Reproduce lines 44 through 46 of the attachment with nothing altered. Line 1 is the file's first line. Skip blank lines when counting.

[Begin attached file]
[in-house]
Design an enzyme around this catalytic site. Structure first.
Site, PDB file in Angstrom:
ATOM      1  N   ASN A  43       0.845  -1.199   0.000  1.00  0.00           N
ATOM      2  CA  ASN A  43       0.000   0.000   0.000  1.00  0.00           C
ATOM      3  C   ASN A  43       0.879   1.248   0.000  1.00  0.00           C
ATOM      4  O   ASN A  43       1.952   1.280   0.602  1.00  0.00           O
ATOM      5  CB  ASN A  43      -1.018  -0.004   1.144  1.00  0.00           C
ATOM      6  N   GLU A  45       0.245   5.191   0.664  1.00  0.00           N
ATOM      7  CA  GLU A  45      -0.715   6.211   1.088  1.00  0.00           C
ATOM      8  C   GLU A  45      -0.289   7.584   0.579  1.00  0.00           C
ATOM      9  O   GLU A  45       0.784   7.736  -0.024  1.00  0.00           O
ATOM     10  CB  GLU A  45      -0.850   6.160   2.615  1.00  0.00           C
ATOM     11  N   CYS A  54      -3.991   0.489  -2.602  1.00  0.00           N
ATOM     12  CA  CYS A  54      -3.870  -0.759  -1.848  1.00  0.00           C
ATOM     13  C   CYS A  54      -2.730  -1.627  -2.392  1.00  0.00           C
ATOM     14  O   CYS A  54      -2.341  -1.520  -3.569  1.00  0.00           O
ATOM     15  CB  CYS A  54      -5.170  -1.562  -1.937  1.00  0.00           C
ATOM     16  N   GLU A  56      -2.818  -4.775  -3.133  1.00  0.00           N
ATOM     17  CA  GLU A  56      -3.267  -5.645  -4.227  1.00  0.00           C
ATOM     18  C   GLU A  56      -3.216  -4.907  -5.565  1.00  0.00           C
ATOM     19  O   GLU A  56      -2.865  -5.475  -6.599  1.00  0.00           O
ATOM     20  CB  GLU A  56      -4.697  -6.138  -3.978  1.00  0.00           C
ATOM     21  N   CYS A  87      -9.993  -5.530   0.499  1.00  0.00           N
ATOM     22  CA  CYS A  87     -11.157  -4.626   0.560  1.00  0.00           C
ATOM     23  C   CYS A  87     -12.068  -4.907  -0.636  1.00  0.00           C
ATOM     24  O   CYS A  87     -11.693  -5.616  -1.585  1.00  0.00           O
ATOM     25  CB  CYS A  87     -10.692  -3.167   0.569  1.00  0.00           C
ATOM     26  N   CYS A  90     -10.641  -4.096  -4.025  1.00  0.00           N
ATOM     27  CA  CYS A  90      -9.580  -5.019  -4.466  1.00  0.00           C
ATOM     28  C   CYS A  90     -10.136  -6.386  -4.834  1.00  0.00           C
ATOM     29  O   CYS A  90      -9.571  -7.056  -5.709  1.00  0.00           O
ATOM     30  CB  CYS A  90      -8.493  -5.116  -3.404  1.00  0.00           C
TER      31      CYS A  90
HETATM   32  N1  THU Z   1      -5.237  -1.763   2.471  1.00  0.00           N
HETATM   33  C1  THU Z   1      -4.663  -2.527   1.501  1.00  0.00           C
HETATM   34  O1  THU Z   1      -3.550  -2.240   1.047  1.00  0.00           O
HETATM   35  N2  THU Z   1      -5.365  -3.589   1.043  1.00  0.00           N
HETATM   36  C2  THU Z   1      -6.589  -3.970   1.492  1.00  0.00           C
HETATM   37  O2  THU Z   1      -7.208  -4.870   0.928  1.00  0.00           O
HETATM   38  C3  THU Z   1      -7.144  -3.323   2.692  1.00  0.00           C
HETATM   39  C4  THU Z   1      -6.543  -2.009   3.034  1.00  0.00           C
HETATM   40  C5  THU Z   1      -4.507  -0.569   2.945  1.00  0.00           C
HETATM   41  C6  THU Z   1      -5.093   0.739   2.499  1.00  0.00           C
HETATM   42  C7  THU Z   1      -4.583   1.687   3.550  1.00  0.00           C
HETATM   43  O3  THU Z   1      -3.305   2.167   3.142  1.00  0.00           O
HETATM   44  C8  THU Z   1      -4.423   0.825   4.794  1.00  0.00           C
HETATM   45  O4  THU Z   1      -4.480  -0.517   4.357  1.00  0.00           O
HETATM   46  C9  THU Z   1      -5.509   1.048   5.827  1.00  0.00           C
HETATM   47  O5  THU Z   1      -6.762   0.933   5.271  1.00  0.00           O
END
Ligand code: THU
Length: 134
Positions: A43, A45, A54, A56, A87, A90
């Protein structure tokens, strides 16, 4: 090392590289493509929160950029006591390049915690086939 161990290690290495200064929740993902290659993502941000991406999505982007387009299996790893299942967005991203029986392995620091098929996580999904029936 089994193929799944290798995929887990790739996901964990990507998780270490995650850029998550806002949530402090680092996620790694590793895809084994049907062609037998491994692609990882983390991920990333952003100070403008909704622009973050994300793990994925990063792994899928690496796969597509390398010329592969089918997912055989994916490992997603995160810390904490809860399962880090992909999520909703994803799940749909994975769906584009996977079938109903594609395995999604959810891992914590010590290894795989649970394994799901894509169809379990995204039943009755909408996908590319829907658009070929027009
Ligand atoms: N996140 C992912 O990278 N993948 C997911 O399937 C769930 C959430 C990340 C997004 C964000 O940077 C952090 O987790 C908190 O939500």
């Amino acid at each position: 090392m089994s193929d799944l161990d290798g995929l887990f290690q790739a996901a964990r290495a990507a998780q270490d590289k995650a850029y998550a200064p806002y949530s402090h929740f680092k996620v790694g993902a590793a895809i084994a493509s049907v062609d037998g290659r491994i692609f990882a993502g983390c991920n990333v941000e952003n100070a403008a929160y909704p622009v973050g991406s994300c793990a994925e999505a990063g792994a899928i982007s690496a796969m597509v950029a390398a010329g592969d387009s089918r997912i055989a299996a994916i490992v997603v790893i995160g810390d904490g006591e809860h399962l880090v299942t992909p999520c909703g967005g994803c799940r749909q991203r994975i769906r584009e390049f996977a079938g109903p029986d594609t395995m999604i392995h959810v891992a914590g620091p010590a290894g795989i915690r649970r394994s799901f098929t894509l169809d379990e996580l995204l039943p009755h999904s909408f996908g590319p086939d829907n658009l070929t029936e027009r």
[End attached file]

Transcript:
HETATM   41  C6  THU Z   1      -5.093   0.739   2.499  1.00  0.00           C
HETATM   42  C7  THU Z   1      -4.583   1.687   3.550  1.00  0.00           C
HETATM   43  O3  THU Z   1      -3.305   2.167   3.142  1.00  0.00           O